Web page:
How to Talk to Law Enforcement Kids About Scary Times


Dr. Rachelle Zemlok

Photo Courtesy Landon Jensen

Law enforcement families have been in the middle of a crisis for the last several weeks and it’s hard to know when it will feel “normal” again. Back to that average level of secrecy, when you’re careful who you tell, but not terrified for your spouse’s life or worried about being targeted simply because you have a family member on the Blue Line.

As an adult, we’re all trying to make sense of how to adjust to and process the current feelings people are expressing towards law enforcement. This is even more challenging for our L.E. kids. Kids pick up on stress within the household. They hear things (way more than you think). They see things on the news. People say things to them. They pick up on what they can talk to you about and what they shouldn’t bring up based on how the adults interact with the information.

L.E. kids have a lot of information they are going to have to adjust to and process throughout their lifetime (3 Tips on Helping First Responder Kids to be Resilient). I want them to know they can talk to their parents. I want them to have a safe space (home) where they can process the world around them.

Here are 5 TIPS on how to discuss hard topics with your L.E. kid.

  1. CREATE SPACE FOR THEM TO SHARE (regularly). You can do this by having a routine time of day when you ask them things like what’s on their mind, how they are doing, what they are worried about, and what they have heard other people say.Don’t give them answers just yet. You are “Creating space” for them to express and explore whatever is in their head. Make sure it’s when you’re calm, relaxed, and not in a hurry. Some kids will come right out and ask questions on their own, but a lot of kids will catch on to what their parents don’t want to discuss and never bring it up. This leaves them with envisioning the worst case scenario or not being able to make sense of things.

  2. VALIDATE THEIR FEELINGS. Let them know you understand where they are coming from, why they might think that or feel that way. Let them know that you have similar thoughts or feelings if you do. No one wants to be told they shouldn’t feel a certain way or that they are wrong. (Continue to hold off on correcting them or providing answers).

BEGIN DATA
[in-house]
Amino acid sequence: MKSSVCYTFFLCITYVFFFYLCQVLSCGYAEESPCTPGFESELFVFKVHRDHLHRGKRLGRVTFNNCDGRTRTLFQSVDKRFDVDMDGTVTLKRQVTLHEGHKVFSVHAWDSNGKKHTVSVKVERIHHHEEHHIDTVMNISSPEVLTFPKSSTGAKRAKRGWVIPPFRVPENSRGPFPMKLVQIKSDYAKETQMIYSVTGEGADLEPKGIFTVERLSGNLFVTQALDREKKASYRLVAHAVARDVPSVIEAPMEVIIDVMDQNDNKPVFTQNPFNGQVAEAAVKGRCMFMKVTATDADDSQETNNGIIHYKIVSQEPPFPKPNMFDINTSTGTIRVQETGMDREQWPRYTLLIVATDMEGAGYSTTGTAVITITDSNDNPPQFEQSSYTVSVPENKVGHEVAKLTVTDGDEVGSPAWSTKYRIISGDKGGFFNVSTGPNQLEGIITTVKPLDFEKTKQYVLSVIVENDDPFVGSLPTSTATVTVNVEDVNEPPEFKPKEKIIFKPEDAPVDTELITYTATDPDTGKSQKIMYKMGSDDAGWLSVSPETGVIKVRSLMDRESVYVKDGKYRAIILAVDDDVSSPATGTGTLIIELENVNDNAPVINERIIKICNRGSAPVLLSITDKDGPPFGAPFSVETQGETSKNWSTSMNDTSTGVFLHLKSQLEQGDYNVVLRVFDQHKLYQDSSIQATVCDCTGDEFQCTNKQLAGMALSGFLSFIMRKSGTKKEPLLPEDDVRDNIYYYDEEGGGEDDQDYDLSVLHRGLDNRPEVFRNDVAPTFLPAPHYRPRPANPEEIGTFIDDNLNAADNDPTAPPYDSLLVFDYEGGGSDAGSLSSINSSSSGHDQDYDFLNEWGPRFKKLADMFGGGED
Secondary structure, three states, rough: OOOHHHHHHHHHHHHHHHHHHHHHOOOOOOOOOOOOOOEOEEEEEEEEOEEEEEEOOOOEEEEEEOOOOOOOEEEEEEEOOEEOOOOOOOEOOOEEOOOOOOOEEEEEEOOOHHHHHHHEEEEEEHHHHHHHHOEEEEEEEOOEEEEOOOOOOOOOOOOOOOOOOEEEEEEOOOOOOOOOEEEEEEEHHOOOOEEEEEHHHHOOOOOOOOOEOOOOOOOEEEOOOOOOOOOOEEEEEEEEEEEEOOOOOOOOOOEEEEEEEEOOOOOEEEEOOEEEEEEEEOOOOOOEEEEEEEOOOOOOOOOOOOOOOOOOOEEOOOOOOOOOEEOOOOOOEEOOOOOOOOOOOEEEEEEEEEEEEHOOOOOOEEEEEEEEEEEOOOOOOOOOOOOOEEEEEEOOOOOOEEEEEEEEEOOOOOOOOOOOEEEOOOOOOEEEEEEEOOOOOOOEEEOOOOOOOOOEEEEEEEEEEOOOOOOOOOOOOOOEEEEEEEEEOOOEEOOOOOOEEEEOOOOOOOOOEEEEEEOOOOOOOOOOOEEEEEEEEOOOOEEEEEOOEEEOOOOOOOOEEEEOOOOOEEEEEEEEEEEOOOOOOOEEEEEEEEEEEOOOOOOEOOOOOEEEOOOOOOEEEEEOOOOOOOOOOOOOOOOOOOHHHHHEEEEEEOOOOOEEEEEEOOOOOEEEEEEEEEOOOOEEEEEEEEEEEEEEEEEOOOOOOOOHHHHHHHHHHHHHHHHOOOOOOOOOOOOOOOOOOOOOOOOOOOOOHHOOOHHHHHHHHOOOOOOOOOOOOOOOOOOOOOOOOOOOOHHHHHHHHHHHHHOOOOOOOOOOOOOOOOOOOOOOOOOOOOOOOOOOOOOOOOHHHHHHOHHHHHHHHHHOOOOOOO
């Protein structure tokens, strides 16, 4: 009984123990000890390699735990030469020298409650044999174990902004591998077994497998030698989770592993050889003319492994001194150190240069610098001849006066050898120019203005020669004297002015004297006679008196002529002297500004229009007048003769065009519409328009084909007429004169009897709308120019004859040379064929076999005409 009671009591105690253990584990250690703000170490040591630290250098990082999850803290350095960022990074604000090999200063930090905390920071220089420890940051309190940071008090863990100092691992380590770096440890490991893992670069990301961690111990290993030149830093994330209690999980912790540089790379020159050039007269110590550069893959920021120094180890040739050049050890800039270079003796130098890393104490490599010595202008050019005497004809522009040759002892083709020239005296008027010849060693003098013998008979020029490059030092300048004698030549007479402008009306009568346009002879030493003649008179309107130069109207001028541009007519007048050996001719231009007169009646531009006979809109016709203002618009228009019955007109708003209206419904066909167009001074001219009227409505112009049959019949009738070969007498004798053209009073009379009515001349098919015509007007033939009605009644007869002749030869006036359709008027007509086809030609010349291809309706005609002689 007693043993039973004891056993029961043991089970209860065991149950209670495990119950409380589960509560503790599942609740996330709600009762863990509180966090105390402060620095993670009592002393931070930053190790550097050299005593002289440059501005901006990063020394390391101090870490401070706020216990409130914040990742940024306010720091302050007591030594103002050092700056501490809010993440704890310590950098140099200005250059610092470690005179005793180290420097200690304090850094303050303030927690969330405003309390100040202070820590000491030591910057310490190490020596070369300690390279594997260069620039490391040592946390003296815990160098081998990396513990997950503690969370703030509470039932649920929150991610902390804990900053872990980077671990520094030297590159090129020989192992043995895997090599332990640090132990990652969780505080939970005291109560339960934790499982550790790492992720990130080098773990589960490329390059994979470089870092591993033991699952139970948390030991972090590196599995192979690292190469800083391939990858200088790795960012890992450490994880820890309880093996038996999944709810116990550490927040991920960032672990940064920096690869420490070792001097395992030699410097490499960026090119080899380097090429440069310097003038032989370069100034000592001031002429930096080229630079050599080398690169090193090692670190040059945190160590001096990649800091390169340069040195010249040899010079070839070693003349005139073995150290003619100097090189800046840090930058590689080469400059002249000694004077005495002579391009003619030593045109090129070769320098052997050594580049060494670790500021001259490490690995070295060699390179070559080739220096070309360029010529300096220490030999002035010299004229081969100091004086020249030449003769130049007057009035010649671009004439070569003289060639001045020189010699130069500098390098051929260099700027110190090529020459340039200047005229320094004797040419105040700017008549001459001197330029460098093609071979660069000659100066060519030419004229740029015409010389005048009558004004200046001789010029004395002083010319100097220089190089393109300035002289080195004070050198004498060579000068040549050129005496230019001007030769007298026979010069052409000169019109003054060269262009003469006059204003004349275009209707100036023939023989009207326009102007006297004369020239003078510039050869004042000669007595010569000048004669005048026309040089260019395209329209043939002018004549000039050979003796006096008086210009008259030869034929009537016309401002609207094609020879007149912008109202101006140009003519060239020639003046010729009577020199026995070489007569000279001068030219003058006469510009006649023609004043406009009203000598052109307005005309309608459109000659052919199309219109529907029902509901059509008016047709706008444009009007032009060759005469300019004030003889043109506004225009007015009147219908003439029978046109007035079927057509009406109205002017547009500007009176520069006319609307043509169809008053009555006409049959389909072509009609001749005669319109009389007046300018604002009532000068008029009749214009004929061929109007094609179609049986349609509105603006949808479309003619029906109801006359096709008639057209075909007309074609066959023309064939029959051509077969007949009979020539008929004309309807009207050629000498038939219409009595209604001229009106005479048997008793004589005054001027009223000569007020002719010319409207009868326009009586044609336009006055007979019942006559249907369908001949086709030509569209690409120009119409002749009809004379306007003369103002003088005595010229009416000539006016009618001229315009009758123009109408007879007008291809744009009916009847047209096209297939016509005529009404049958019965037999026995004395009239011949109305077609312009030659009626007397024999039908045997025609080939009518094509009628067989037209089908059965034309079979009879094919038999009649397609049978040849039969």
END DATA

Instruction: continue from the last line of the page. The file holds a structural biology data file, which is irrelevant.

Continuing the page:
3. CLARIFY FACTS. After you validate their feelings and make them feel supported. THEN you can jump in and fill in some gaps of information they may be missing and help them better understand. Do NOT overload their little brains. Keep it simple and age appropriate (different ages deserve different levels of information). Don’t be pressured into having ALL the answers. It’s OK to say, “That’s a really good question! But, I don’t know.”

  4. REASSURE THEM. It’s important to reassure our kids and let them know they are safe or that we are safe. However, don’t be unrealistically reassuring. Instead of saying “Nothing is ever going to happen to daddy he’s safe.” You can focus on all the safety measures your officer parent takes at work to stay safe. Training, safety equipment and gear, partners/team members, not doing things alone, and the fact that they have a whole team of people who all do their best to protect one another etc.

  5. DISCUSS COPING SKILLS. We all need ways to manage big feelings when they come up (Here’s even more reasons why first responder families need them). Talk about what you do when you feel worried or nervous or sad, in child terms (read more about a spouse’s self care). Brainstorm with your kid some things they can do when they are down to get through the day. Make a list. Come up with a code word they can communicate to you if they are having a big feeling. Then you can support them engaging in one of those coping skills listed. Some ideas are blowing bubbles (which mimics deep breathing), reading a favorite story, playing a favorite game, drawing, journaling etc. (read about more ways to calm your child down here). Basically things that distract them and move them into a more positive emotional space.

OTHER CONSIDERATIONS: Reduce intake of information for L.E. kids through media, the news, friends, family, open discussions about work. They are listening, even if they look like they are playing something else or in the other room.

About Dr. Rachelle Zemlok

Dr. Rachelle Zemlok is a licensed clinical psychologist in California specializing in working with first responder families and supporting parents with children diagnosed with ADHD or pose behavioral challenges. Dr. Zemlok is also a Cordico Advisory Board member.  For more information on Dr. Zemlok or to connect with her please visit her website at